Trial Registration: ClinicalTrials.gov Identifier: NCT04152083.
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http://dx.doi.org/10.1001/jama.2021.7665DOI Listing
http://www.ncbi.nlm.nih.gov/pmc/articles/PMC8207242PMC
June 2021

Acute Migraine Treatment.

Authors:
Jessica Ailani

Continuum (Minneap Minn) 2021 06;27(3):597-612

Purpose Of Review: Migraine is a disabling disease of attacks of moderate to severe pain with associated symptoms. Every person with migraine requires treatment for acute attacks. Treatments can range from behavioral management and nonspecific medications to migraine-specific medications and neuromodulation. For many with migraine, having a combination of tools allows for effective treatment of all types of attacks.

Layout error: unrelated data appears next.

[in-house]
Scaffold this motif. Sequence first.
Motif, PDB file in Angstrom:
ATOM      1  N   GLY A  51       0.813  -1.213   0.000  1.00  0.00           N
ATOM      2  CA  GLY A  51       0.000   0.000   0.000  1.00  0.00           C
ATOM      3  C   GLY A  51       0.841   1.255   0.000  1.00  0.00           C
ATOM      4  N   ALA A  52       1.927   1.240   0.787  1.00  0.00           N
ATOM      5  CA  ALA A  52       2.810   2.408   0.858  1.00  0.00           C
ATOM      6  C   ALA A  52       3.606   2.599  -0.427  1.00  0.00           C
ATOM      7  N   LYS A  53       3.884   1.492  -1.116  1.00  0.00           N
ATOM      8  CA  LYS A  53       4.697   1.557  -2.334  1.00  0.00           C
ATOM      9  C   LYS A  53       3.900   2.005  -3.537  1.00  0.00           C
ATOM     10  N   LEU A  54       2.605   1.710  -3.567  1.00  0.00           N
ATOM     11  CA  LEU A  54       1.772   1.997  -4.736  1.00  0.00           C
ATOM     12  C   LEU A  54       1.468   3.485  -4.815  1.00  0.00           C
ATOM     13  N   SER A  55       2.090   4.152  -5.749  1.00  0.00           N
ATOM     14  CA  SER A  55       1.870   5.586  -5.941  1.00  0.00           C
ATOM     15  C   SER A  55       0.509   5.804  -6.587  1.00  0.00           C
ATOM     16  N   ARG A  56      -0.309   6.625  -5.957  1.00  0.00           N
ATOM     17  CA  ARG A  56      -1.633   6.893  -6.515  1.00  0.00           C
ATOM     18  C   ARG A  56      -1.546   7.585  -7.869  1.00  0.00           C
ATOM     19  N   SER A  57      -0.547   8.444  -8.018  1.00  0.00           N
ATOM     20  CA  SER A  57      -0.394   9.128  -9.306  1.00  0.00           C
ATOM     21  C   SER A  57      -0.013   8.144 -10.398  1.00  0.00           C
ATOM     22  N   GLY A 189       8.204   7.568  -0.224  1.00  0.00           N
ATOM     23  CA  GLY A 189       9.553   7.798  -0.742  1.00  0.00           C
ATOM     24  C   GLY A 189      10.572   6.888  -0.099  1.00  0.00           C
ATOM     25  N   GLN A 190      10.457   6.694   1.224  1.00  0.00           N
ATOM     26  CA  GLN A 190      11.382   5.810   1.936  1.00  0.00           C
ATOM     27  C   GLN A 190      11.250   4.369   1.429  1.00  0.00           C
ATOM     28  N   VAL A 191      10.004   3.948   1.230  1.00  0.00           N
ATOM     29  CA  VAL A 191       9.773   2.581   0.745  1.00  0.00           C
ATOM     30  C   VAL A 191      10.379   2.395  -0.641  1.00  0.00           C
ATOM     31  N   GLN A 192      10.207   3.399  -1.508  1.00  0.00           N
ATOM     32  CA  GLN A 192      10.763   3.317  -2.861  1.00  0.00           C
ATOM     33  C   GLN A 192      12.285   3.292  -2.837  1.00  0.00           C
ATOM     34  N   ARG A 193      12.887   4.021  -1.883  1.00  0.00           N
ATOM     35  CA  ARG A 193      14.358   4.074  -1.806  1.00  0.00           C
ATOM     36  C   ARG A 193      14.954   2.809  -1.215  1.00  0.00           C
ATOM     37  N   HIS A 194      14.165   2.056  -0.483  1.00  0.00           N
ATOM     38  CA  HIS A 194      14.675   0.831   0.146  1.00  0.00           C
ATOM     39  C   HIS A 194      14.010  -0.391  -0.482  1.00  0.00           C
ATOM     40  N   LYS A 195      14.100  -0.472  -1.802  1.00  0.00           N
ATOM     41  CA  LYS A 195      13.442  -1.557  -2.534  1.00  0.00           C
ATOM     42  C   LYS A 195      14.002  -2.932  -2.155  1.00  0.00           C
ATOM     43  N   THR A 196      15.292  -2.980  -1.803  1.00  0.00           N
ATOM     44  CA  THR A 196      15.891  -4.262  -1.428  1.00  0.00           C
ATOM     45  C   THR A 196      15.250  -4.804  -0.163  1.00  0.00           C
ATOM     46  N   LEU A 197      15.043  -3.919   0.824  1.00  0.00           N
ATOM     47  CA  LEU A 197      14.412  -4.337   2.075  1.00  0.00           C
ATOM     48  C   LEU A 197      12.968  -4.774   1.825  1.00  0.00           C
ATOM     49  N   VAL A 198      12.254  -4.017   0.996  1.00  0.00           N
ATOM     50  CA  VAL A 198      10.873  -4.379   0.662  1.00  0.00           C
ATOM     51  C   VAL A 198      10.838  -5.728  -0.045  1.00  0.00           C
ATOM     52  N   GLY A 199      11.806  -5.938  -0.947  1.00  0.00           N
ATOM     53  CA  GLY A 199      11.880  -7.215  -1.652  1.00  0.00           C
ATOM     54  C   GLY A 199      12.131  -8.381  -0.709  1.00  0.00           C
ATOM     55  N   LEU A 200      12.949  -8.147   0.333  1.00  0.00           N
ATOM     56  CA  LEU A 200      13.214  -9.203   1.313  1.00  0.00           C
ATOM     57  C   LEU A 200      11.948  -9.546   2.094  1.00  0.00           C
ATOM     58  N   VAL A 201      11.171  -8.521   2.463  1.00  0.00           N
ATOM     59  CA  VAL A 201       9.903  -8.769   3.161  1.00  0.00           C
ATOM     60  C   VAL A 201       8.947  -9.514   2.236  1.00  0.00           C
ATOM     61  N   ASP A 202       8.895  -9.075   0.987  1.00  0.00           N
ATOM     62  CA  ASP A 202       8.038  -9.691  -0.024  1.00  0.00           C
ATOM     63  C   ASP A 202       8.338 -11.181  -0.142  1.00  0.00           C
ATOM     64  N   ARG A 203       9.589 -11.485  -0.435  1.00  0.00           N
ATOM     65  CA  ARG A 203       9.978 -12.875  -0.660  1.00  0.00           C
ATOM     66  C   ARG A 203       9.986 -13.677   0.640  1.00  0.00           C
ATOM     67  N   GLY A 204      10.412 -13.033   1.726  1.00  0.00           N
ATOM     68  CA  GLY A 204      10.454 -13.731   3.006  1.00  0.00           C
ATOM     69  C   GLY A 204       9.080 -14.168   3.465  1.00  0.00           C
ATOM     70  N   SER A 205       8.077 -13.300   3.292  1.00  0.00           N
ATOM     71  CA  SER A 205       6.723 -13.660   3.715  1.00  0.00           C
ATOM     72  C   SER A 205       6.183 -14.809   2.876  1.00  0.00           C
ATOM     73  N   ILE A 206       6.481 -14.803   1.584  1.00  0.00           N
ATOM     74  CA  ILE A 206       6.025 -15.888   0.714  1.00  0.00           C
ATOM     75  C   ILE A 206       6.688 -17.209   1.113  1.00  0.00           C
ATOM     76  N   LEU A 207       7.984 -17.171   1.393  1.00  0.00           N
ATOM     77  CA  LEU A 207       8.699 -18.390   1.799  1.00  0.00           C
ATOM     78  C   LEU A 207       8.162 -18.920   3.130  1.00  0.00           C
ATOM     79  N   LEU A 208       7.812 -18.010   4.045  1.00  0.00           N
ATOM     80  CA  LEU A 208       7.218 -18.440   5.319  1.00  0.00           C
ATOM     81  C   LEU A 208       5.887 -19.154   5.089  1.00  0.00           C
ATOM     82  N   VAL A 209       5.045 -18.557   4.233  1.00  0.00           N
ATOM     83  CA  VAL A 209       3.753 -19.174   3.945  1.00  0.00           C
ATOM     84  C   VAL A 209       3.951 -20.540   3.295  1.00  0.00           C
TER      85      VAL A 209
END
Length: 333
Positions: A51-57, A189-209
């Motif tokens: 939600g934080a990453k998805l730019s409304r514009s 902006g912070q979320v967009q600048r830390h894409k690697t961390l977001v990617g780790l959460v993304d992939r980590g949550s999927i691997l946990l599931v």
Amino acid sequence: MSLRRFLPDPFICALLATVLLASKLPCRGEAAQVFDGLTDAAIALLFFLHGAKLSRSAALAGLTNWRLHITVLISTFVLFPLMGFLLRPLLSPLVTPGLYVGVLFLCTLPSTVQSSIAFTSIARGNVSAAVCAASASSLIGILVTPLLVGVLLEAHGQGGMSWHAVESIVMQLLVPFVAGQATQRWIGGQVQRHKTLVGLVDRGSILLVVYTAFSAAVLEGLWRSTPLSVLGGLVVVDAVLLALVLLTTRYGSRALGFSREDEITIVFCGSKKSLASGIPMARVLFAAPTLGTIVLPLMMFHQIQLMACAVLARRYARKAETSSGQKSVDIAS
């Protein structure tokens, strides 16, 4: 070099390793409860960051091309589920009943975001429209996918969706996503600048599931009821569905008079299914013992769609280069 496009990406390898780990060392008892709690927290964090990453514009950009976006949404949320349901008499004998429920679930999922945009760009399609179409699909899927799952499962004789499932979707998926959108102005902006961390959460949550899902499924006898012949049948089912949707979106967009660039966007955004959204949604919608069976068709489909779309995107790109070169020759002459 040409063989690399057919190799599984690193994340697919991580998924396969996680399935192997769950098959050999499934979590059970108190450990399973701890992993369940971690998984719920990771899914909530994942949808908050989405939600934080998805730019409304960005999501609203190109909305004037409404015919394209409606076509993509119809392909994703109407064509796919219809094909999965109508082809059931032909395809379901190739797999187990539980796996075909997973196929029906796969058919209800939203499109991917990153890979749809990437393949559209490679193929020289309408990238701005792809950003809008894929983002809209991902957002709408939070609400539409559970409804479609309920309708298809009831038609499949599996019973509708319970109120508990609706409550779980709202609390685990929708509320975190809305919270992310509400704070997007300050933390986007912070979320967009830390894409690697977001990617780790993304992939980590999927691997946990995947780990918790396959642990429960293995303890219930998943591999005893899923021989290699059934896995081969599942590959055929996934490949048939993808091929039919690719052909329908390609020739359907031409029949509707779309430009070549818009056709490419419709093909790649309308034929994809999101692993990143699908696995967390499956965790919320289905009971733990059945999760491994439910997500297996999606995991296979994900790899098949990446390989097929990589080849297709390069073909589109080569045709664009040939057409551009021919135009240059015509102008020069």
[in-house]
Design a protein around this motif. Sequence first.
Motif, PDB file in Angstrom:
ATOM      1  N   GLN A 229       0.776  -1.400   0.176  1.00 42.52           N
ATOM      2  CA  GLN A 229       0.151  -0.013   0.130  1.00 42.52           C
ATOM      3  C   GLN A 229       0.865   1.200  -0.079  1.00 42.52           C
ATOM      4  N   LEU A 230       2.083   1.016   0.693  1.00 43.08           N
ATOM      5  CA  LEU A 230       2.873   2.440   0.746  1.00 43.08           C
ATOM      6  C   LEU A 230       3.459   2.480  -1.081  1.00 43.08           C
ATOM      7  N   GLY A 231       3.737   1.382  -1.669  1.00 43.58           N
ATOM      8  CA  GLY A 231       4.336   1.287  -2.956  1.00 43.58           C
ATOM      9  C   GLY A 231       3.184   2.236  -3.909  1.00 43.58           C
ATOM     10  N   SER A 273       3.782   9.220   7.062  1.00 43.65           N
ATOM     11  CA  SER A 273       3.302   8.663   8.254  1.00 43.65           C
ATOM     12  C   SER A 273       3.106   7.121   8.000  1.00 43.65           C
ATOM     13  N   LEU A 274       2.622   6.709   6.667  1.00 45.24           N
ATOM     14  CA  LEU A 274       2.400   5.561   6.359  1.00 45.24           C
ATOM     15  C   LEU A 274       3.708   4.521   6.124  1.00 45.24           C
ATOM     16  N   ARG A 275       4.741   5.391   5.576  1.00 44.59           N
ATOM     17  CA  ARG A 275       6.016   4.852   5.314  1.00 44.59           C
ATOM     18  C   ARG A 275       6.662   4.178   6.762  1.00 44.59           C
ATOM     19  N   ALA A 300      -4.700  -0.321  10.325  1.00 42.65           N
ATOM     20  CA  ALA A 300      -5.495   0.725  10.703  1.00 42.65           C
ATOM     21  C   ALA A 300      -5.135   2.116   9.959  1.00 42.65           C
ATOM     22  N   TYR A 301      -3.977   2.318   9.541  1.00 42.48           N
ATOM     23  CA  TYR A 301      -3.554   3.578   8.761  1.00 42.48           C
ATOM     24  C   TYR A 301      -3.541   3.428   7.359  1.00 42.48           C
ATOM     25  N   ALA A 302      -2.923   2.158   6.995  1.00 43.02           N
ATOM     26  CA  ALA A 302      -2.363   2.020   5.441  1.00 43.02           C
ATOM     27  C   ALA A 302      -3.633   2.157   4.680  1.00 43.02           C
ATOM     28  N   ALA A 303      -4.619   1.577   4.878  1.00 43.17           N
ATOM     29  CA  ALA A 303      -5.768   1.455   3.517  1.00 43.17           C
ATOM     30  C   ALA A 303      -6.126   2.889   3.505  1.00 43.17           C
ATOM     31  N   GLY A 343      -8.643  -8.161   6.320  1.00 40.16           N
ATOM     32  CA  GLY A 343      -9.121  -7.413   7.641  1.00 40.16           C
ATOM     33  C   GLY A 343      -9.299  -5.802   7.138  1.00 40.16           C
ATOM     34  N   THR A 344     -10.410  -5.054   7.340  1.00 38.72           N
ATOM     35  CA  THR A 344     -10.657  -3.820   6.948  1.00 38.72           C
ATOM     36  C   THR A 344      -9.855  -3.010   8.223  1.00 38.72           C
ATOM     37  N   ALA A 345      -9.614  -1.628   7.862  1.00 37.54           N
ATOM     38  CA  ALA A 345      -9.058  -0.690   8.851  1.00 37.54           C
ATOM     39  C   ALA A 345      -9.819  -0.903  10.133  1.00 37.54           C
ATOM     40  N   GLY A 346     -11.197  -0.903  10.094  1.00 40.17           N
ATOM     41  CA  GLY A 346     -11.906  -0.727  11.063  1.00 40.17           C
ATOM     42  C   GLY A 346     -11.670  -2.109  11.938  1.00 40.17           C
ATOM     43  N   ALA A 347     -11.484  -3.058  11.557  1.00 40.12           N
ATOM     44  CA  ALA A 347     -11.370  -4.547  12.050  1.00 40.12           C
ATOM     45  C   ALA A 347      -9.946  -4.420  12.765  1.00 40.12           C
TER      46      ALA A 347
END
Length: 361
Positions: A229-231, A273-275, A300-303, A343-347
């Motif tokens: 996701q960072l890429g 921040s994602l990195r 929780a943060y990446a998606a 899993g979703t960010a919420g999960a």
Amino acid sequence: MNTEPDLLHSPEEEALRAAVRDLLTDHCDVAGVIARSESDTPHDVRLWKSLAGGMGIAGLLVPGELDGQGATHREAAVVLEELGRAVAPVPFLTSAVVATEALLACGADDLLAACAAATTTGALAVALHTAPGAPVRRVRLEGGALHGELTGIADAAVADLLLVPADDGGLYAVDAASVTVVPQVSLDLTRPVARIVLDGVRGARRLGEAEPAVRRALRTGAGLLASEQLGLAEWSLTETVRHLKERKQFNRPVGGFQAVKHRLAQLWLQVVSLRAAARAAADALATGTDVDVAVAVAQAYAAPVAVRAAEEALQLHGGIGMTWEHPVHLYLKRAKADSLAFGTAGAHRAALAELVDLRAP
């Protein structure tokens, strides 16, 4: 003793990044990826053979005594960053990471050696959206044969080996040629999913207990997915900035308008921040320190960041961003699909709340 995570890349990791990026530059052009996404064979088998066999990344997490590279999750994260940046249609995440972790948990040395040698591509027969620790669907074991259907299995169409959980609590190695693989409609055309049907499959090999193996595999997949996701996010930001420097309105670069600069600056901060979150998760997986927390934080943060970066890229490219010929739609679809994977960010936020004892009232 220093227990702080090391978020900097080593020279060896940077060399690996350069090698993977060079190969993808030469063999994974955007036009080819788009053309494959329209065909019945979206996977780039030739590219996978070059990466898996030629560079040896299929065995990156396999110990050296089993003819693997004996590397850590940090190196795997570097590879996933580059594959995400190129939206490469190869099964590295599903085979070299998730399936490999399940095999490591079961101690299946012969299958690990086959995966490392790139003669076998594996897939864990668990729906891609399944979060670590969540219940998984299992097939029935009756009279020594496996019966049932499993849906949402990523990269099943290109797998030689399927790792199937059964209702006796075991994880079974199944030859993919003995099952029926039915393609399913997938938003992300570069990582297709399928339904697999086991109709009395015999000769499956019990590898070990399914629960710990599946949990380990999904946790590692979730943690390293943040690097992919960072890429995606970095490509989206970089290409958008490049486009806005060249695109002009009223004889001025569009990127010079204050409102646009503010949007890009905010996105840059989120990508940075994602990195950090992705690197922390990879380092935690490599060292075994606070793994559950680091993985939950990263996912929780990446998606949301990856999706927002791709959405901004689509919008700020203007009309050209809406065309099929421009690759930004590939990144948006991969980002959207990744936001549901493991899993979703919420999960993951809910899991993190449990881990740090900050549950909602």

Recent Findings: Over the past several years, four neuromodulation devices have been cleared by the US Food and Drug Administration (FDA) for treatment of acute migraine, and three medications with novel mechanisms of action have been FDA approved. They add to the arsenal available to people with migraine and focus on migraine-specific pathways to allow for precise care with fewer side effects.

Summary: This article discusses acute migraine therapy, focusing on best-level evidence.
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http://dx.doi.org/10.1212/CON.0000000000000956DOI Listing
June 2021

Patient-identified most bothersome symptom in preventive migraine treatment with eptinezumab: A novel patient-centered outcome.

Headache 2021 May 20;61(5):766-776. Epub 2021 May 20.